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rcp27

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About rcp27

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    Spacecraft Engineer

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  1. A major challenge for designing low cost staged launchers is the cost of staging itself. You might think that a Reliant and FL-T800 fuel tank makes an efficient lower stage for a small launcher, and in mass/fuel efficiency terms, it is. If you add in the cost of decoupling it, though, the balance goes in a funny direction. A Reliant and a dry FL-T800 tank combined weigh 1.75 T. A TR-18A stack decoupler, while only weighing 0.05 T, seems a convenient way to stage it off to allow a lighter, more efficient upper stage. That coupler, though, costs 400. If you look at the kind of cost-to-orbi
  2. Fuel for the plane (not counting the orbiter's tank) is 270. While getting confused about some odd cost numbers, I have now noticed that it appears the fairing itself, not just the "base" has a cost associated with it. For example a Hammer costs 400, a fairing base 300 and a tiny decoupler 300, so you would expect the cost of the rocket in my earlier post to go down by 1000 if I remove those (those being the "lifer costs". In fact it goes down by 1038 because that's the cost of the fairing itself. So call the cost-of-launch (assuming I can figure out how to recover the plane) about 310 (it
  3. Same old Ant. I have a suspicion that the Ant may have its physics modelled as if it did have a fairing even if one doesn't show. For the sake of completeness, I thought I'd see if I could do any better in the SPH. I knocked together this little spaceplane That thing in the middle is a diverterless intake that also holds liquid fuel for the whiplash, and there are a pair of Sparks each with 3 Oscar Bs on the sides. The payload, at the front, is the same orbiter as before, still with its ant and single oscar B. I couldn't get the plane to orbit, but I achieved a suborbital
  4. My understanding is the radial battery, like the thermometer, just adds its mass to the part it's attached to, so doesn't unbalance the craft. It's inside the fairing (just), so doesn't have any aerodynamic issues. And it contains enough charge to transmit the all important science even on the night side of Kerbin. I've had a bit of a play around, and I think the key issue is the step from 0.625 m parts to the 1.25 m Hammer. I just launched a satellite using the 1.25 to 0.625 m structural part and a 0.625 m nose cone instead of a fairing. While the radial battery is OK from a mass dis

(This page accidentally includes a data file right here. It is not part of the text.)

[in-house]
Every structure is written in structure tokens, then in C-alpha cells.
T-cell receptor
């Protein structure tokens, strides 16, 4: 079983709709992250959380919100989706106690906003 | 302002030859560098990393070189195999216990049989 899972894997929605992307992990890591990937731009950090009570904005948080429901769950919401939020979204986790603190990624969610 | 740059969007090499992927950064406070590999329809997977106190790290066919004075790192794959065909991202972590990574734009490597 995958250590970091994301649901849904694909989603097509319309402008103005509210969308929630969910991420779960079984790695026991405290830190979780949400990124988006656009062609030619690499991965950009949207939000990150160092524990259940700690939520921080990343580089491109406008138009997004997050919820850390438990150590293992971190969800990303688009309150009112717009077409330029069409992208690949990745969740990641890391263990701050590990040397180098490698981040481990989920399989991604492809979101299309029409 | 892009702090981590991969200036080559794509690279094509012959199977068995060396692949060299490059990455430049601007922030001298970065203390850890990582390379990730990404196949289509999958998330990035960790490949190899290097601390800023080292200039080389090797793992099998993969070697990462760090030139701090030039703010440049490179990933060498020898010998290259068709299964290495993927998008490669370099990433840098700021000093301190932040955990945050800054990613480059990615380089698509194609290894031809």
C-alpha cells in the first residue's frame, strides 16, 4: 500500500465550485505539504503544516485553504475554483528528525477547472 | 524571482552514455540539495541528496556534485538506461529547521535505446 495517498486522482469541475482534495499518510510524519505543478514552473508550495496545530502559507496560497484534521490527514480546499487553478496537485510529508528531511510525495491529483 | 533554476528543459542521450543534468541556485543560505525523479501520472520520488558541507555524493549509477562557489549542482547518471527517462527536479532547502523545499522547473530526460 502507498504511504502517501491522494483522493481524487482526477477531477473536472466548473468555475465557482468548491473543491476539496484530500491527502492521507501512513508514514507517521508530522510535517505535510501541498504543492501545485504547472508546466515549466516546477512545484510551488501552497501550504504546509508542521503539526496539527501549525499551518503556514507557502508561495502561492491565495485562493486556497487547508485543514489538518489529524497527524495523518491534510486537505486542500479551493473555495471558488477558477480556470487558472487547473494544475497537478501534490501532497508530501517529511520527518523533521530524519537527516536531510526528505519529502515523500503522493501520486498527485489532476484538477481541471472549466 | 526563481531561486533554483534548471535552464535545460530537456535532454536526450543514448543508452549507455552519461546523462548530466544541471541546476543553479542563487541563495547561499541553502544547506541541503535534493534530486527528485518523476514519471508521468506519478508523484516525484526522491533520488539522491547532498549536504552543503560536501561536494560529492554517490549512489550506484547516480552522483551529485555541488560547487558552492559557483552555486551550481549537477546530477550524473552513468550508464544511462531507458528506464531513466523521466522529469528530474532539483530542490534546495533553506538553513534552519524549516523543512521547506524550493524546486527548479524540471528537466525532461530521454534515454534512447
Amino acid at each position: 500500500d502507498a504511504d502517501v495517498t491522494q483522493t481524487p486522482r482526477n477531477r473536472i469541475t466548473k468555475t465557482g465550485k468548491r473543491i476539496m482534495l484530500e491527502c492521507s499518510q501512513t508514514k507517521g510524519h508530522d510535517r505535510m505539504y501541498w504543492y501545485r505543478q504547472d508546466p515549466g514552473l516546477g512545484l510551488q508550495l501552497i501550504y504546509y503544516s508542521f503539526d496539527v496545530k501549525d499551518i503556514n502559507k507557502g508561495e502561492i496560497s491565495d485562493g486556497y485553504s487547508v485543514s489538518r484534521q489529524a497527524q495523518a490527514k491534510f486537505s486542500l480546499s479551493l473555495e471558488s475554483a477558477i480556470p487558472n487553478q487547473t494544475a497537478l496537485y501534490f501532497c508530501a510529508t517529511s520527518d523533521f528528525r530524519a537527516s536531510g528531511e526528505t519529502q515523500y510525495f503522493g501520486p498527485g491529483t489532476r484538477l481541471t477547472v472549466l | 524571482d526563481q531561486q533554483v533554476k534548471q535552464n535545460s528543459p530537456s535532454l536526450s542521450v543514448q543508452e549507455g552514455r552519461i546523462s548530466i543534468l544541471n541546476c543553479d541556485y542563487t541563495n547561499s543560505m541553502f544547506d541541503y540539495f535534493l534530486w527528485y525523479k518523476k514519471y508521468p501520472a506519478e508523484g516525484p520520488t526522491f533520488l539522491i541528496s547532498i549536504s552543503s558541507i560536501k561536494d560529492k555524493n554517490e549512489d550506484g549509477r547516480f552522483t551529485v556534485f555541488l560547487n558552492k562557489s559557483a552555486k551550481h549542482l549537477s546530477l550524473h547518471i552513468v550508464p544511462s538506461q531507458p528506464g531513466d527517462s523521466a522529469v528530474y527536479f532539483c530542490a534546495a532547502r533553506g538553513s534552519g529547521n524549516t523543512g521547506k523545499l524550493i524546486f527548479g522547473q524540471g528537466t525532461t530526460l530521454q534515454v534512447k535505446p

5. By the time the fins burned off the craft was flying in a straight line anyway, and as they were attached to the discarded booster, they aren't really that important. Right, just built a HECS, 1 Oscar B, 1 Ant, 1 Z-100 Battery, 1 Communotron 16 and 2 OS-Stat solar panels craft and put it on a Hammer under a fairing with a TR-2V decoupler and achieved orbit. Mine only cost 3298. The experienced KSP players will be shouting at their computers "fix your staging!" around about now. So the question is why did this work when my earlier
  6. The problem with this analysis is it doesn't consider actually getting out of the atmosphere. If you go with a single SRB as a launch stage, you have to accept it's sub-optimal burn profile (constant thrust until the fuel is gone) and the need to get out of the thermally and aerodynamically challenging part of the atmosphere. I haven't chosen the Thumper for either it's thrust or it's dV, but for the fact that it can get out of the lower atmosphere. I've just had a go at a basic test: I put a HECS probe core on a Hammer, nothing else. That was a total failure: it's aerodynamically unstable